No Ordinary Lives:
Four 19th Century Teenage Diaries
Do you keep a diary, a journal? Do you have children or teenagers who enjoy writing and may be encouraged through a gift showing others who wrote about their daily activities? No Ordinary Lives by Marilyn W. Seguin gives you that opportunity!
In addition to basic information about writing and keeping a diary, there are tips for locating available diaries and an extensive list of resources, both in written form and online.
The four diaries included in No Ordinary Lives, were written in the 1800s and are all from children and teenagers from Maine, including a diary from Nat Hathorne who later called himself Nathaniel Hawthorne.
Interestingly, there is some question as to whether Hathorne’s diary was “faked” by somebody else, which, in itself, is a sad commentary, but also illustrative of the potential value of documents written while they were young, by those who later become famous. If the diary is real, and I choose to believe it is, then it records probably the earliest “story” written by Hawthorne. It is an endearing, silly little story about having a conversation with a horse who is very hungry, had no breakfast, but had to stand waiting while they were grinding the corn he had pulled to town! Of course, Nat crept in and took some of the corn and gave it to the horse! Later, after Nat had done even more to help, he begins to feel guilty and worry about being caught for helping the poor animal.
One of the differences between Nat’s diary and that of Ethel Godfrey was that Nat wrote about events and activities that occurred in his area, while Ethel had chosen to write only about her personal life. Of course, this is a major decision issue for diarists and obviously affects what the individual may decide to record.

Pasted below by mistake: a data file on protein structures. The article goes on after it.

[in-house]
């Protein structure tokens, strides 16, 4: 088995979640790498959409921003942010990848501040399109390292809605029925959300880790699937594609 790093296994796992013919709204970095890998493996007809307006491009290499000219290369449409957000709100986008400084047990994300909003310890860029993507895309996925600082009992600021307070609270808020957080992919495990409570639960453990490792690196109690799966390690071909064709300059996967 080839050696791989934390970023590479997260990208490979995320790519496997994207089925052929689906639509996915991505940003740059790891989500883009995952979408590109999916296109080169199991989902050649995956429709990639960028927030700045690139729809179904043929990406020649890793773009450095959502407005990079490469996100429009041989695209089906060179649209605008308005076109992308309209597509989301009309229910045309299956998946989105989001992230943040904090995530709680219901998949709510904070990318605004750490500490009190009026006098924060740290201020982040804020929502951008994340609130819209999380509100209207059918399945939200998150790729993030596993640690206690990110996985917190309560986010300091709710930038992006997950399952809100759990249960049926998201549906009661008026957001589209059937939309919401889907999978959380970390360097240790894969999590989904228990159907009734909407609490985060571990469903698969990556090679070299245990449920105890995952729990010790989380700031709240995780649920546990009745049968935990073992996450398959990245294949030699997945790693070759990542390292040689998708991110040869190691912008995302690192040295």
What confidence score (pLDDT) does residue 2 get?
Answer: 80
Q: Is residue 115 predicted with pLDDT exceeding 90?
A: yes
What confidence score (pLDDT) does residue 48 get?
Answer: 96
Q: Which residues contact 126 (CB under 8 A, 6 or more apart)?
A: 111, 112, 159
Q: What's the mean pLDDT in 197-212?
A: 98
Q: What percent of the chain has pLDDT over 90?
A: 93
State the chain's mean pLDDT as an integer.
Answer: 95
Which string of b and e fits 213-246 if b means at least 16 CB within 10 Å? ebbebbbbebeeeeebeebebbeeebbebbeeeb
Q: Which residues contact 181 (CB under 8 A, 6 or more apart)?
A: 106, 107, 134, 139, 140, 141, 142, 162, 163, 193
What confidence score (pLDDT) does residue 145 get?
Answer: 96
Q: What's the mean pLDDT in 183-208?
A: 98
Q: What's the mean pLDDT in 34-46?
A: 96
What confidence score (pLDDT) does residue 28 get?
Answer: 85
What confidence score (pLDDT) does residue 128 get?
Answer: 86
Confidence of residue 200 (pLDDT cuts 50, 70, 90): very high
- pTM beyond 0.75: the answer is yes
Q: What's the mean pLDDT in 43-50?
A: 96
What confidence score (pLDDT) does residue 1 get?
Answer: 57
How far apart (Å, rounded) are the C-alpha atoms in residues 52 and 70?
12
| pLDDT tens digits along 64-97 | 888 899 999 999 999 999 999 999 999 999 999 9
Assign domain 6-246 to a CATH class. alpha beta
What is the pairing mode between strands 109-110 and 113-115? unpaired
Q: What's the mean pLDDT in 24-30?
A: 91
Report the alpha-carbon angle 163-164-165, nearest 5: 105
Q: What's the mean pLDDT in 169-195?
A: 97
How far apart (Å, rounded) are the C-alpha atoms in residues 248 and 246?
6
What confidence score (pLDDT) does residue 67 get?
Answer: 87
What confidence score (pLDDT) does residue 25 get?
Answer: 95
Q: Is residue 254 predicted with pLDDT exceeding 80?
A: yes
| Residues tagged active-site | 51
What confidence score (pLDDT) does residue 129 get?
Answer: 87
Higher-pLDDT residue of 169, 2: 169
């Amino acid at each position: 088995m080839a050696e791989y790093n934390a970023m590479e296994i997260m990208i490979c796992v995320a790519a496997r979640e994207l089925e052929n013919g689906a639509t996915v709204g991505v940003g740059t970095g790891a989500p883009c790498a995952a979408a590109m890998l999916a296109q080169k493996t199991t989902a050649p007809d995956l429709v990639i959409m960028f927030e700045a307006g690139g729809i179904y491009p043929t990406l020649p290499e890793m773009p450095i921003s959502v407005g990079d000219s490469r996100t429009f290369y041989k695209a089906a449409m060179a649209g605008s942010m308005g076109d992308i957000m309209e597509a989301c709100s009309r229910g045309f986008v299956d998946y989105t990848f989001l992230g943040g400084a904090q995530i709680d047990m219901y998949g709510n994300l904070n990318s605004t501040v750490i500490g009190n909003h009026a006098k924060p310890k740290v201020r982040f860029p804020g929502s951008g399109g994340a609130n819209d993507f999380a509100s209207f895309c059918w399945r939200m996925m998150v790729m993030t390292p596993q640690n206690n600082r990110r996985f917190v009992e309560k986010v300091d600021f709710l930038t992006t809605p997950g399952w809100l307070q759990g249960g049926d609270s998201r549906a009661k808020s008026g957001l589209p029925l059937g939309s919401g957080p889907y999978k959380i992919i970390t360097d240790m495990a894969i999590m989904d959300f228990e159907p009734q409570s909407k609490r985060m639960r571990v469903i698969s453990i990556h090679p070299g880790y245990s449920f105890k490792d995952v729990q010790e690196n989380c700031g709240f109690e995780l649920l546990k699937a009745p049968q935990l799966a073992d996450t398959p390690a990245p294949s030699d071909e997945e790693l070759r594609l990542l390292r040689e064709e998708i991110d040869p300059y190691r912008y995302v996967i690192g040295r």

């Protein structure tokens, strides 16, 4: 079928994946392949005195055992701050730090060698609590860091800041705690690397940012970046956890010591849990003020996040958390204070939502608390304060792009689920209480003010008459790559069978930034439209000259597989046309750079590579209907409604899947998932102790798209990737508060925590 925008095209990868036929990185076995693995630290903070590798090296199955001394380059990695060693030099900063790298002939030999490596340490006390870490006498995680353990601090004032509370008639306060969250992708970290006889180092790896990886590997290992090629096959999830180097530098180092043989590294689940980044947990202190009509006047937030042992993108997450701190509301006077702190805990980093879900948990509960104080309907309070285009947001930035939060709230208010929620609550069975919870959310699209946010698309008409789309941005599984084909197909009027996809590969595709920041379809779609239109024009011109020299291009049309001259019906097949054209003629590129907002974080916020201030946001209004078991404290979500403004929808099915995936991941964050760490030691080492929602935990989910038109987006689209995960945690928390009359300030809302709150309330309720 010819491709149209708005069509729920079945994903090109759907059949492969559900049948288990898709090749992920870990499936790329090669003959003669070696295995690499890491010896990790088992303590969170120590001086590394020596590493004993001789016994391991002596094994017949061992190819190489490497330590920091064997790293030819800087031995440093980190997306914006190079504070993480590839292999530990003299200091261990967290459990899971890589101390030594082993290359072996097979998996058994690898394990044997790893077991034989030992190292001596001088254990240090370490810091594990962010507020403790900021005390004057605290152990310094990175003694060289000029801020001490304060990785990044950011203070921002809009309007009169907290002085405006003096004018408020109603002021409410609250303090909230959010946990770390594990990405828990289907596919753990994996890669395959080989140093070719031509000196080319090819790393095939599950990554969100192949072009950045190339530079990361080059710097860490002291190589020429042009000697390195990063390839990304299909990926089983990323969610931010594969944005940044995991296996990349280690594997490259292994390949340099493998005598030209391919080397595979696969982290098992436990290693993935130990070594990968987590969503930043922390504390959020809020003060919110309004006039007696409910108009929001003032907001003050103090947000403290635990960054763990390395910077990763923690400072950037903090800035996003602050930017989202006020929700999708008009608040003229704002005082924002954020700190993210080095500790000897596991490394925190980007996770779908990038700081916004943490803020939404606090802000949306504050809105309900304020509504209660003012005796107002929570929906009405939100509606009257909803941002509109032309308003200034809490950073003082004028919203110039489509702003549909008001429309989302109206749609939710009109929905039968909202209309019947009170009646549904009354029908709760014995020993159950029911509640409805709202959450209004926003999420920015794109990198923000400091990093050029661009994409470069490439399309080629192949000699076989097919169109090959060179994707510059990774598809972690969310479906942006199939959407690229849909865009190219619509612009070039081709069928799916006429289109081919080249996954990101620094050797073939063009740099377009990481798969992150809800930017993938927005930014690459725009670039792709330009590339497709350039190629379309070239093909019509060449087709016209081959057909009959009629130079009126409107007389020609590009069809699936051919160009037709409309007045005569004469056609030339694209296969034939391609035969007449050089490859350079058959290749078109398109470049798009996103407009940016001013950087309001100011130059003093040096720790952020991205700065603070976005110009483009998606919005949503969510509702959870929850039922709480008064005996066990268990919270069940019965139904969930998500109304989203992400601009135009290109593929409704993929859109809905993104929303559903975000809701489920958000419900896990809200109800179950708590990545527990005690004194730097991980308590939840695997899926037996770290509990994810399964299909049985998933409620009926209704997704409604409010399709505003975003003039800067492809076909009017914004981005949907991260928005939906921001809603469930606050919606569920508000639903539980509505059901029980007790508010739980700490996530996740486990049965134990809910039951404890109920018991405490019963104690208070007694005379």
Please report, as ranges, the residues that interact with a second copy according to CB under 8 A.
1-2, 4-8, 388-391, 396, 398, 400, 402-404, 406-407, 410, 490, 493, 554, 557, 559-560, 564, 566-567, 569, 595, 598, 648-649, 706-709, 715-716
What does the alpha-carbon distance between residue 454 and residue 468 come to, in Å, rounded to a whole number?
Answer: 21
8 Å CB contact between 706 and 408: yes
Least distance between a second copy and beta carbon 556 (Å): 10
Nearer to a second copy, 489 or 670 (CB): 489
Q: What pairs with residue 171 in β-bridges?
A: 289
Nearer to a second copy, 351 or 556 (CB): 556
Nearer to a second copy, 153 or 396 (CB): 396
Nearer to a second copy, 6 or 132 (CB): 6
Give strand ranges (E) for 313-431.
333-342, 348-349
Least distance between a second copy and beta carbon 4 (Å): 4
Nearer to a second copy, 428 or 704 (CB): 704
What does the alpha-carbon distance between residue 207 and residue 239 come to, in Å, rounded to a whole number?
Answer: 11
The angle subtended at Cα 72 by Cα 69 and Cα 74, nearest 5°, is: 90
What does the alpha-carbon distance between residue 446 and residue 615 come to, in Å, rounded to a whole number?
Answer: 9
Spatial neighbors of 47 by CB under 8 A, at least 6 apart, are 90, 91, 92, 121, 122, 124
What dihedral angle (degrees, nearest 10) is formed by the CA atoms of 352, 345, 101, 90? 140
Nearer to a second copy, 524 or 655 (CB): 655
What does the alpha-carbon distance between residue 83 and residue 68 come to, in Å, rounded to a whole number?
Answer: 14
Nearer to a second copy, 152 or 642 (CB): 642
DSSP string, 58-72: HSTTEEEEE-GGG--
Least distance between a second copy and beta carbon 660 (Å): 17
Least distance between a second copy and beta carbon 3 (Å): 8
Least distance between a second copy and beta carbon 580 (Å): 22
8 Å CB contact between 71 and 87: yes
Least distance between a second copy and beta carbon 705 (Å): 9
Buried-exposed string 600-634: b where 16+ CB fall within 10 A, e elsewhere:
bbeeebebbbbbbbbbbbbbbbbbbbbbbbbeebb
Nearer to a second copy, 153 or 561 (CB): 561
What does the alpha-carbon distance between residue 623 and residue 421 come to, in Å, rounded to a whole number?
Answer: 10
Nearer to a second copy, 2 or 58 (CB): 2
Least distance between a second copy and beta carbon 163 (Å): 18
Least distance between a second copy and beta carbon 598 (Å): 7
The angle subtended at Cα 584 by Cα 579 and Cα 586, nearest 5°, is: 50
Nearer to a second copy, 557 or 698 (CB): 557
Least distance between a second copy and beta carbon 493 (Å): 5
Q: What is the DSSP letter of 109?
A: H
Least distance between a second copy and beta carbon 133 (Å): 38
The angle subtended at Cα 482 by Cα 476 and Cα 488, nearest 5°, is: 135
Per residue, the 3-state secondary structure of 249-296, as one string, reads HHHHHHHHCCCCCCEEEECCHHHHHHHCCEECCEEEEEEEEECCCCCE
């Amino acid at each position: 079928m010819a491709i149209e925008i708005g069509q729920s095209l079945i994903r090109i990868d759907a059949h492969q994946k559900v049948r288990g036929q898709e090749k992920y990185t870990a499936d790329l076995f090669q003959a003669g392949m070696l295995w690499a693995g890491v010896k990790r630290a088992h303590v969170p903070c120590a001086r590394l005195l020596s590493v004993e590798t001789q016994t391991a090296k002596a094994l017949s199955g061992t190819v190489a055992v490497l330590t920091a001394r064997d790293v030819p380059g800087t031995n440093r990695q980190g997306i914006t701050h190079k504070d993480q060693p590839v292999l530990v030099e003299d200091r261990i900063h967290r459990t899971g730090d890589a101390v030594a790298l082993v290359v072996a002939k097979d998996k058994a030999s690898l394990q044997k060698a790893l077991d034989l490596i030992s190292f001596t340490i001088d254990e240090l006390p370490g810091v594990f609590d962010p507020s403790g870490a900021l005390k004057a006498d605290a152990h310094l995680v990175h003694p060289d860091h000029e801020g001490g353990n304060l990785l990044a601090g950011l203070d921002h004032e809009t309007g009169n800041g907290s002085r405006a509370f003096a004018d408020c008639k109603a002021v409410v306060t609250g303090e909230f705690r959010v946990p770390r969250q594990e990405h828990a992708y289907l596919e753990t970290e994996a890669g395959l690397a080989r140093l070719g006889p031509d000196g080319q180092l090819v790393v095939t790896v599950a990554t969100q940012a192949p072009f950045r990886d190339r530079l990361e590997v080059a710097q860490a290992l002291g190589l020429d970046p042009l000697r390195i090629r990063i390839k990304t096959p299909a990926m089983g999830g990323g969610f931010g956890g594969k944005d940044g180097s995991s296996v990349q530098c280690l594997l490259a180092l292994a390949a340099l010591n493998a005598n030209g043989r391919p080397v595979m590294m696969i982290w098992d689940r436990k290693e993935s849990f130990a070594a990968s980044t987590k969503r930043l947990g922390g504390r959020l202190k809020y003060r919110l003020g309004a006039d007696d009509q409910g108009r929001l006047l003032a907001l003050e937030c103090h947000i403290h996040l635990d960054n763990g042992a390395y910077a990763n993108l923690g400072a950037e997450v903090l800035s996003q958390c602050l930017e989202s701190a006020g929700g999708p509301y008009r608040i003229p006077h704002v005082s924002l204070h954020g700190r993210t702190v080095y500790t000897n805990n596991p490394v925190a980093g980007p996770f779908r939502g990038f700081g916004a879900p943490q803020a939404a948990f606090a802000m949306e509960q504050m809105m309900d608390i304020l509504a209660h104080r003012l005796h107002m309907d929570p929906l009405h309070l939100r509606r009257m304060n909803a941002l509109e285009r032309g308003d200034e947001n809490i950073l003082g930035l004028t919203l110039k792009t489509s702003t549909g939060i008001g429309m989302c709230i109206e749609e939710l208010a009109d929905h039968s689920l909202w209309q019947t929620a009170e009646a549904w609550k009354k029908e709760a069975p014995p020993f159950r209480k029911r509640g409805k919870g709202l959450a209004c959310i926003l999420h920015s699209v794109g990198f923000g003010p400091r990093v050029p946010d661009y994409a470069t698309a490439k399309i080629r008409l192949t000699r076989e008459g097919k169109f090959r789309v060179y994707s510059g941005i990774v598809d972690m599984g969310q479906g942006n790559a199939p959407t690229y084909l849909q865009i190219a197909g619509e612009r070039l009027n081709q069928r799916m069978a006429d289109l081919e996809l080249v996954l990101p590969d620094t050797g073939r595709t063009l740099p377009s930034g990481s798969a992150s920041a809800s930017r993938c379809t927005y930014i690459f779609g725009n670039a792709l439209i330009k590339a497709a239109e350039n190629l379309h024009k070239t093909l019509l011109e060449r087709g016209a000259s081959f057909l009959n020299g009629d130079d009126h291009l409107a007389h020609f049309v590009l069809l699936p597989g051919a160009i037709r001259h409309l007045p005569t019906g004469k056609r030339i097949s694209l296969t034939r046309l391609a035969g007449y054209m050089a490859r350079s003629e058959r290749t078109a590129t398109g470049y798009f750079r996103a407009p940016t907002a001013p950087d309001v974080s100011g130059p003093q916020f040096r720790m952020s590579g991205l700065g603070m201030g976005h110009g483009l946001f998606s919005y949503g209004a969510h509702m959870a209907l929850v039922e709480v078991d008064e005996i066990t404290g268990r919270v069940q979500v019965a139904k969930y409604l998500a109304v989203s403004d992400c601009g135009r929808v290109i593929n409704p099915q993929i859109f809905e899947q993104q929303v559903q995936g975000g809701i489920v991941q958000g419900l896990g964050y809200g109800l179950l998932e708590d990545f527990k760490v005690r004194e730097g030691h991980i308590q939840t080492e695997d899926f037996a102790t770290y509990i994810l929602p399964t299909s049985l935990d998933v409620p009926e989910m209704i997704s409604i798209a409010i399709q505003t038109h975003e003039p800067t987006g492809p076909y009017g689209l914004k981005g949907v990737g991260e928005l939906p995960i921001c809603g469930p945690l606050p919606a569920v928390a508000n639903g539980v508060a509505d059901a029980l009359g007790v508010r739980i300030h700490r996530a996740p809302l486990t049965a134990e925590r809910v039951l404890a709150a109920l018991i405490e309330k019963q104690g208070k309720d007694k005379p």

Ethel was writing her diary in her mid-teens and describes her interpersonal relationships with friends with whom she goes to school. One point that perhaps highlighted a difference in school relationships at that time was that the children got together to study. I think, although I could be wrong, that as time passed, and as children became more involved with different activities, that this faded as a routine activity, yet it seemed from this diary that it helped cement friendships between boys and girls. Sad to have lost that from the past.
The other two diaries, although written by individuals who were 13 and 19, are very similar in style. They are written as a log of daily activities, some of which include personal comments while others merely state what occurred daily. The content though is entirely different!
The first book, written by a 13-year-old boy who, after being taken to live with the Shaker community when his parents were not able to support the children, chose not to leave even though his parents begged him to return home. The diary covers daily work activities performed by this young man and certainly does not appear to in any way be similar to the lives of today’s children. Yet the young boy had found a home, a faith, that was meaningful to him and there are many references where he would speak during their religious services.
The last book was written by the daughter of a sea captain who was forced to travel with her parents as they traveled around the southern end of South America and on to the west coast. Although there are times of happiness, there is much loneliness and boredom shared in her diary. One point mentioned only by the book’s author was that she later fell in love with a captain! I wonder if she then took her place onboard as the Captain’s wife and continued to sail the seas?
Coincidentally, I had just finished reading and reviewing Waltzing Australia by Cynthia Clampitt, who recently published her nearly 500-page diary she wrote to document her tour of Australia. Obviously made me wonder whether our sea captain’s daughter grew to love her life and continued to write and even publish the stories about her time sailing. I add this note also to show that as one of today’s writers, Cynthia certainly found a perfect way to use the diary form—to log her activities as she traveled, with personal notes included!
Marilyn Weymouth Seguin, by giving the title No Ordinary Lives to her book, highlights that diaries are personal—they provide the opportunity to write about our innermost thoughts, to be seen only by ourselves. Or, they may be used to provide an intimate look at the lives we have led for our family and those who study historical times in an intimate fashion.
Myself, I would not be willing to share my diary with anybody because I would tend to write about my own personal life. What about you, would you share your life with another through your diary? If you are not sure, but are thinking about keeping a diary, then I highly recommend No Ordinary Lives to you—it may be just what you needed to help you get started!
G. A. Bixler